The ledger board holds up the end of the deck that's against the house. If the ledger isn't well fastened, the deck can simply fall off the house. A building inspector we talked with said the most common problem with DIY decks is ledger boards not properly fastened to the house. For a strong connection, a ledger needs 1/2-in. x 3-in. lag screws (or lag bolts if you have access from the inside to fasten the washers and nuts) driven every 16 in. This ledger board was fastened mostly with nails instead of lag screws (and no washers).
Starting at one end of the ledger board, drill two 1/4-in. pilot holes. Offset the holes so the top isn't aligned with the bottom hole. Then drive the lag screws (with washers) using a drill and an impact socket (you'll need a socket adapter that fits in your drill). Don't countersink the screws—that only weakens the ledger board.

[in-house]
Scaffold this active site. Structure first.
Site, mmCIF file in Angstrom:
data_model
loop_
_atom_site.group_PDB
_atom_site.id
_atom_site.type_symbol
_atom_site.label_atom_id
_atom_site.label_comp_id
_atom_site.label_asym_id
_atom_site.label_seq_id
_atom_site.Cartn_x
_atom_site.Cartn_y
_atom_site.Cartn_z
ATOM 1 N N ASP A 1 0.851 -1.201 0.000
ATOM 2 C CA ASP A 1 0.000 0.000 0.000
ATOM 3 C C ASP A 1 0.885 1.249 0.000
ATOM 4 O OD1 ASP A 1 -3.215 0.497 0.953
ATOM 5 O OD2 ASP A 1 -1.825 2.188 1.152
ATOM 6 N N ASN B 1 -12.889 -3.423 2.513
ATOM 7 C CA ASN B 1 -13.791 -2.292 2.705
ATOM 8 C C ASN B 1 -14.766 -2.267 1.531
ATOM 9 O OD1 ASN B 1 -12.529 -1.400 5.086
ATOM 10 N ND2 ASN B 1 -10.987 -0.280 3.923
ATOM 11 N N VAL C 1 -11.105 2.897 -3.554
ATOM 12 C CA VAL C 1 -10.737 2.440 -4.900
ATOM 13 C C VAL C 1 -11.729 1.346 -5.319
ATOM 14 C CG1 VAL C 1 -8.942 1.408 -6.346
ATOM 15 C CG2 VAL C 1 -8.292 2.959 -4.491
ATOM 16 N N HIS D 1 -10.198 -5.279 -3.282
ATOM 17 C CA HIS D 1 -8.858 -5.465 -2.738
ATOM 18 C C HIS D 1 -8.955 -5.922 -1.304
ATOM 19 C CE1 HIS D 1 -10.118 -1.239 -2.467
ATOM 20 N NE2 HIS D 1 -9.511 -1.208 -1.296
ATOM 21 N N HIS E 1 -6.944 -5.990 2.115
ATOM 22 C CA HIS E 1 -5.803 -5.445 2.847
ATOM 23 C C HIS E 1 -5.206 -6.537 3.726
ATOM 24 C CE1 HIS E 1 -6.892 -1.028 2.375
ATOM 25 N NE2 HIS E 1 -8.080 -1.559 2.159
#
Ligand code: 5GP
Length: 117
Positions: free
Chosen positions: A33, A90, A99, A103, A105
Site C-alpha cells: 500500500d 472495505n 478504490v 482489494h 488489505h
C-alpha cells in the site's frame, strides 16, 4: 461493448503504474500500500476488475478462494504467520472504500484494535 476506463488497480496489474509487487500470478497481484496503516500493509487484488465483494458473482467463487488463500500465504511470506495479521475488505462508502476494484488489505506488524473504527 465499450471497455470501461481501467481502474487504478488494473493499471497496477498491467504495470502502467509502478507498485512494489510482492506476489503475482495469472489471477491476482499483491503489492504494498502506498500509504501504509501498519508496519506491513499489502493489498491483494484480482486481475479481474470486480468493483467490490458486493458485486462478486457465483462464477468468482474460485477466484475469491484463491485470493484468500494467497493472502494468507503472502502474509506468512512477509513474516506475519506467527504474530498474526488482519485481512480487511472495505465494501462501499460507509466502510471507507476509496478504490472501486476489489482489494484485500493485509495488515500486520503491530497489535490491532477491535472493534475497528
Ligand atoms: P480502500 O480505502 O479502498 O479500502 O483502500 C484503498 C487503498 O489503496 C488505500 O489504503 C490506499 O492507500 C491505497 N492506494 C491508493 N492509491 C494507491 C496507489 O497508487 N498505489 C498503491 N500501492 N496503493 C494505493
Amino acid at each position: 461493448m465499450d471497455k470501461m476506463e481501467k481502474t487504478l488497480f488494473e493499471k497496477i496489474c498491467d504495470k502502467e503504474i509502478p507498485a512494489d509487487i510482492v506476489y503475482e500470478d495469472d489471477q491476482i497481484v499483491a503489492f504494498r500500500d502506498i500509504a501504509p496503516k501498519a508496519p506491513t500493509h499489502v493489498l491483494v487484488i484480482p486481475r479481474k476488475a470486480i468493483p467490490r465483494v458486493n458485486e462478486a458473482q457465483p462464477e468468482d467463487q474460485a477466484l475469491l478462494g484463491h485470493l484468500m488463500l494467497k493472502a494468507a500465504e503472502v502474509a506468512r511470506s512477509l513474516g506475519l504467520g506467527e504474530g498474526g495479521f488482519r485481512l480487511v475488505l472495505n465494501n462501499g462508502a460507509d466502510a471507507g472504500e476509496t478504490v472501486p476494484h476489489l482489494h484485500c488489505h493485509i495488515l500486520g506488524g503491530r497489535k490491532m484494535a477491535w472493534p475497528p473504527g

Fill every nail hole in joist hangers, using joist hanger nails only. If you find other types of nails, replace them with joist hanger nails.
Joist hanger nails have thicker heads and a heavy galvanized coating.
Granted there are a lot of nail holes in a joist hanger—but they all need to be filled. Otherwise, the hangers can pull loose from the ledger board or rim joist. Deck builders sometimes drive a couple of nails into the hangers to hold them in place, then forget to add the rest later. This deck had only a single nail in some joist hangers. In other areas, it had the wrong nails. Joist hanger nails are the only nails acceptable. These short, fat, galvanized nails are specially designed to hold the hangers in place under heavy loads and resist corrosion from treated lumber.